IV. Topics to be Covered Today – Financial Literacy
a. Financial Literacy
· Credit
· Budgeting

V. Starting Our Family Sou-Sou

VI. The Department of Gentle Nudges: Encouragement from The Elders to Achieve Our Goals

VII. Adjourn; Next Meeting January 7, 2012

Something to Think About
A series of family meetings
Financial Literacy
Module 1: Credit

Disclaimer: We are not experts or role models with respect to credit. We’re only sharing what we know. You will need to do more research on your own for additional answers or clarification.

I. First Things First: Credit is a game and a tool, not a personal reflection on you.

o Bad people have good credit, and good people have declared bankruptcy. The leading cause of personal bankruptcies is medical bills, not extravagant spending.

o Having good credit is simply a function of understanding how credit scores are determined and using that knowledge and money management to get and maintain a good credit, period. Learn how the credit game is played and play to win.

II. Why Good Credit Matters – Credit can affect the following:

· Employment. Employers are increasingly running credit checks to determine whether to hire

· More Credit. Lenders and credit card companies are increasingly using minimum credit scores to determine whether to extend credit.

· Insurance. Insurance companies use credit scores to determine what your rates will be.

· Banking. Some banks will not allow you to open a checking or savings account without a certain minimum credit score or if you have a record in ChexSystem for mishandling a prior bank account.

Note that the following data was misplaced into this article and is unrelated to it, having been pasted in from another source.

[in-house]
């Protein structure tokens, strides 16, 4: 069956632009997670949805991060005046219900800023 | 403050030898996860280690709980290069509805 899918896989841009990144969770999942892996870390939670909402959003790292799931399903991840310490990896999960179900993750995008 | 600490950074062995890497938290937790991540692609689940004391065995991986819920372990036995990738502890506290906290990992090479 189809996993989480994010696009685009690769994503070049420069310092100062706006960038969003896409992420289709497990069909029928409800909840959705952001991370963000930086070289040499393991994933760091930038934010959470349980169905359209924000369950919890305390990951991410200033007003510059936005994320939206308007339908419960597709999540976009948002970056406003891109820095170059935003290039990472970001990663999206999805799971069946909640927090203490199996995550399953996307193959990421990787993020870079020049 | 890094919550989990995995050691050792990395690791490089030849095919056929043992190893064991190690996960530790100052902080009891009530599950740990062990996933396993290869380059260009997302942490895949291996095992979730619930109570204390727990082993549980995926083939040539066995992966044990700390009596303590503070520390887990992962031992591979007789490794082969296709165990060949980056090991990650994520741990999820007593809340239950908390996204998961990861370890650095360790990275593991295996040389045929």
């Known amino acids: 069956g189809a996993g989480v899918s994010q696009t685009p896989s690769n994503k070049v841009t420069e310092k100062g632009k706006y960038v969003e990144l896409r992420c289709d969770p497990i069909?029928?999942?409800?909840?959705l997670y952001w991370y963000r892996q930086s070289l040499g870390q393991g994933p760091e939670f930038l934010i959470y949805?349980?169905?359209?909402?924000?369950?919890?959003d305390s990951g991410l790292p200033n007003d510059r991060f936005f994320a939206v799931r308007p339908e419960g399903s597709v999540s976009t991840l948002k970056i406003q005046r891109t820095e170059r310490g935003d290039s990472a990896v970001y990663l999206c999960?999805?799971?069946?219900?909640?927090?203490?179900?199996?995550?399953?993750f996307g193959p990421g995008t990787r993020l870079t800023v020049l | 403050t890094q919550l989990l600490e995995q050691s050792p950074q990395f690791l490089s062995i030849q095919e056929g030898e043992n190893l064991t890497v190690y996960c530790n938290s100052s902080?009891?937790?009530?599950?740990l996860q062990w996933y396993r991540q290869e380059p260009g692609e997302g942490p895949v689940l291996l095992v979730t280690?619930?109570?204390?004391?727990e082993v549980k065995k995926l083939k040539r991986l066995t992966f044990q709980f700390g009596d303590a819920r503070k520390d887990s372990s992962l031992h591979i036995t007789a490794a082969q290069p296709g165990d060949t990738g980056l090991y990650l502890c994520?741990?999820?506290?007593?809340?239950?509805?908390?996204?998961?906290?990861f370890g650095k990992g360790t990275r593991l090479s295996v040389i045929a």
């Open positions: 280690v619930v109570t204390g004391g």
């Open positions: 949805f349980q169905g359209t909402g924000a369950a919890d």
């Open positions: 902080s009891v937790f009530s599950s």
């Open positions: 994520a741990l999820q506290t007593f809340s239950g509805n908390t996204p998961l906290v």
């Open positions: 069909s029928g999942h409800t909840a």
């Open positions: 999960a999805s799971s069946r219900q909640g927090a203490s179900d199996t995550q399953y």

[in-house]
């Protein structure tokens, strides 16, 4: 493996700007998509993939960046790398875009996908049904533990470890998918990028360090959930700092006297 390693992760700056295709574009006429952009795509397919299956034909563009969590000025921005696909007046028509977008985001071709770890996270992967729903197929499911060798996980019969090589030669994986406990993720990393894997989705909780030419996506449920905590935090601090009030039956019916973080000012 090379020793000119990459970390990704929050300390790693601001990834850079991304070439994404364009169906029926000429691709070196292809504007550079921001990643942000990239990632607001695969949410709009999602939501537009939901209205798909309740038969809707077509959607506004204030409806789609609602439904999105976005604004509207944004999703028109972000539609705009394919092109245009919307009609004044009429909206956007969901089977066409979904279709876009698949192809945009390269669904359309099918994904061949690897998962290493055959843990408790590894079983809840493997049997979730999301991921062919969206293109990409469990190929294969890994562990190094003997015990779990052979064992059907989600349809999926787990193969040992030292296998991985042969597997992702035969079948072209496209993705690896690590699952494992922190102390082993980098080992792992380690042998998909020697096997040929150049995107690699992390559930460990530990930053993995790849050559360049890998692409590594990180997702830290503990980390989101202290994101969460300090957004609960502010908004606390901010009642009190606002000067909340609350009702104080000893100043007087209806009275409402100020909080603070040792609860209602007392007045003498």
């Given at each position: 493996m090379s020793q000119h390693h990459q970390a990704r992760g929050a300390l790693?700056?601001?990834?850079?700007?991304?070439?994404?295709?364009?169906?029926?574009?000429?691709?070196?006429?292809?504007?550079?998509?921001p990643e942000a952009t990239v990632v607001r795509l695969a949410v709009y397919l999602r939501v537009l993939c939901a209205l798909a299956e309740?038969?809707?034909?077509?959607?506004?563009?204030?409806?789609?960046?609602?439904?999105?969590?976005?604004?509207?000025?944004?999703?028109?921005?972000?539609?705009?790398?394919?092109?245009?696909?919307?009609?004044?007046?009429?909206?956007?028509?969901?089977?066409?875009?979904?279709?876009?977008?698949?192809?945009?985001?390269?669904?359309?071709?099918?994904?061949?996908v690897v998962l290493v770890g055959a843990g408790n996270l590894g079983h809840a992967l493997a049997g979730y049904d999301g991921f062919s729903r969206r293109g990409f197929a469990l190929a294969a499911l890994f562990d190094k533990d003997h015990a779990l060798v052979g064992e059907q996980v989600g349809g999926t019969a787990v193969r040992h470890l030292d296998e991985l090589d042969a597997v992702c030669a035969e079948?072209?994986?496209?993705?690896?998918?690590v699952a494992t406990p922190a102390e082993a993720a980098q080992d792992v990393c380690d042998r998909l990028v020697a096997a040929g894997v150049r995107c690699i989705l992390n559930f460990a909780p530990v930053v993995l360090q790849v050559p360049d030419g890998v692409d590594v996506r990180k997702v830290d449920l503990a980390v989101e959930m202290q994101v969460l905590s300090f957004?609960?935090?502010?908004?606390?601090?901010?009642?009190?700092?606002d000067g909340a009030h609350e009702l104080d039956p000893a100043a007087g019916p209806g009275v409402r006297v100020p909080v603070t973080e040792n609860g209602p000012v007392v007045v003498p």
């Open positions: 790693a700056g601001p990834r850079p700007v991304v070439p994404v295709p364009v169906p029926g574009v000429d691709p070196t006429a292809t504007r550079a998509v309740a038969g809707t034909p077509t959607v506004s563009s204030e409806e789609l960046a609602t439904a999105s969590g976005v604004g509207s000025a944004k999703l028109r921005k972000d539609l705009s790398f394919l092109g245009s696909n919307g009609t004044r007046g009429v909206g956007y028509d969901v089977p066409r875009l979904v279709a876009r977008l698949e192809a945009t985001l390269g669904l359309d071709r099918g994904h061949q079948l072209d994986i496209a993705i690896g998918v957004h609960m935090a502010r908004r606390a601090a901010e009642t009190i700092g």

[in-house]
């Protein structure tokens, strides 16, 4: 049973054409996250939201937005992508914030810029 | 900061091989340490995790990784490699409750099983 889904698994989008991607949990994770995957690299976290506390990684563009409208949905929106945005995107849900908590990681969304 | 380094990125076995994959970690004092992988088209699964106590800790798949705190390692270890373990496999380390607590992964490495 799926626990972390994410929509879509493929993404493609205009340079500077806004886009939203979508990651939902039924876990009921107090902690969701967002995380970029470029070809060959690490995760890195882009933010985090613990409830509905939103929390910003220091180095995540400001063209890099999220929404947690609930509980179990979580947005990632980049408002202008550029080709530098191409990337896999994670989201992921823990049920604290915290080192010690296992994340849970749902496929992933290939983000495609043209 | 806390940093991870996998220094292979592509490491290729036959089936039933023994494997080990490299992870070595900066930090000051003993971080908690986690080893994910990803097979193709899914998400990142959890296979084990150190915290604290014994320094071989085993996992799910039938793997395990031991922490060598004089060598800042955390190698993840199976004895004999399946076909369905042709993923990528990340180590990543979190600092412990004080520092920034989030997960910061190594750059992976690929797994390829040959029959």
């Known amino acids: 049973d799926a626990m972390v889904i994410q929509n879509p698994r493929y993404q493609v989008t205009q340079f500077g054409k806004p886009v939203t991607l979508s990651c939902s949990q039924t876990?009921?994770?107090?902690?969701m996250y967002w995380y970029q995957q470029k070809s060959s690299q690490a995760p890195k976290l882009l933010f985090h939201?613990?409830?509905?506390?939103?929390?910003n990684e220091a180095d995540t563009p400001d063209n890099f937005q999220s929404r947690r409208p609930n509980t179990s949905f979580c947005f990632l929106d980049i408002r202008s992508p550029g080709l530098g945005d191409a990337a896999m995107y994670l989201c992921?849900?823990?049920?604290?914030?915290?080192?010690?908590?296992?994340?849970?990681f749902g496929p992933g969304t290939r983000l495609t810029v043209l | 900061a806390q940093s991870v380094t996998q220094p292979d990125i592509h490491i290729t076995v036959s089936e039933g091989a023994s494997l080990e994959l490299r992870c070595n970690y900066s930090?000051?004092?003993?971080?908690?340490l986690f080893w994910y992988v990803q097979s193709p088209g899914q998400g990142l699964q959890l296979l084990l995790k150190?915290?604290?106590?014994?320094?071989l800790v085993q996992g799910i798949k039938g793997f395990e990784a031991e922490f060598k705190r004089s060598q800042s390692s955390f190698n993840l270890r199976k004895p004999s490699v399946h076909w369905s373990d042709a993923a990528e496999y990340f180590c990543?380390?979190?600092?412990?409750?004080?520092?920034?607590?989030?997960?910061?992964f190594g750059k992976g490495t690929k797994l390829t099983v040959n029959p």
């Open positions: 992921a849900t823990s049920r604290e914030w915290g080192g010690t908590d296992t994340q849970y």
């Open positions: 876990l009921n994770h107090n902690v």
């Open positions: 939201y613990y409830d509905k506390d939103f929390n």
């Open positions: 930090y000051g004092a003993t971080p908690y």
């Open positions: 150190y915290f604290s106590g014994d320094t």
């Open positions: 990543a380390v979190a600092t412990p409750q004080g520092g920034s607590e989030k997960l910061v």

· Renting. Landlords and property management companies use your credit report and/or credit scores to decide whether to rent to you. (Note: Joe and I have routinely looked at potential tenants’ credit reports in deciding whom to allow Joe’s property management company to rent out his townhome.)

· Student loans. Bad credit can keep you from getting student loans.

III. Basics To Know About Credit

a. The difference between a credit report and a credit score:
o A credit report is a report listing your creditors, your credit limit and how much you owe each credit, how many payments you’ve made on time or late, and any debts that have gone to collection agencies, among other things. Credit reports are generated by credit reporting agencies (CRA’s).
o A credit score is a number reflecting your credit-worthiness based on what is in your credit report. Although credit report agencies have created their own credit score, the credit score used most commonly is the Fair-Isaac Company, Inc. score, or FICO score. Everyone has three FICO scores – each is based on the information in their credit reports from each of the three credit reporting agencies.

b. What are credit reporting agencies and who they are:
o A credit reporting agency, or CRA, is an organization to which lenders, credit card companies, and other creditors report information about your payment history on accounts you hold with them. The CRA in turn provides this information to organizations you are seeking credit from (lenders, credit card companies, cell phone companies) or people you are attempting to do business with (landlords, utilities, etc.)
o The three main CRAs are Experian, TransUnion, and Equifax. And they don’t get the same information from all your creditors, so the FICO scores based on their credit reports for you may be different.

So, here’s how it goes:

Info on how
you pay your bills credit reports FICO Score
Your creditors----------------->CRAs---------------->Fair, Isaacs--------------->lenders

c. How your FICO score is determined (from the website):
o Payment History: 35%
§ Account payment information on specific types of accounts (credit cards, installment loans, finance company accounts, mortgage, etc.)
§ Presence of adverse public records (bankruptcy, judgments, suits, liens, wage attachments, etc.), collection items, and/or delinquency (past due items)
§ Severity of delinquency (how long past due)
§ Amount past due on delinquent accounts or collection items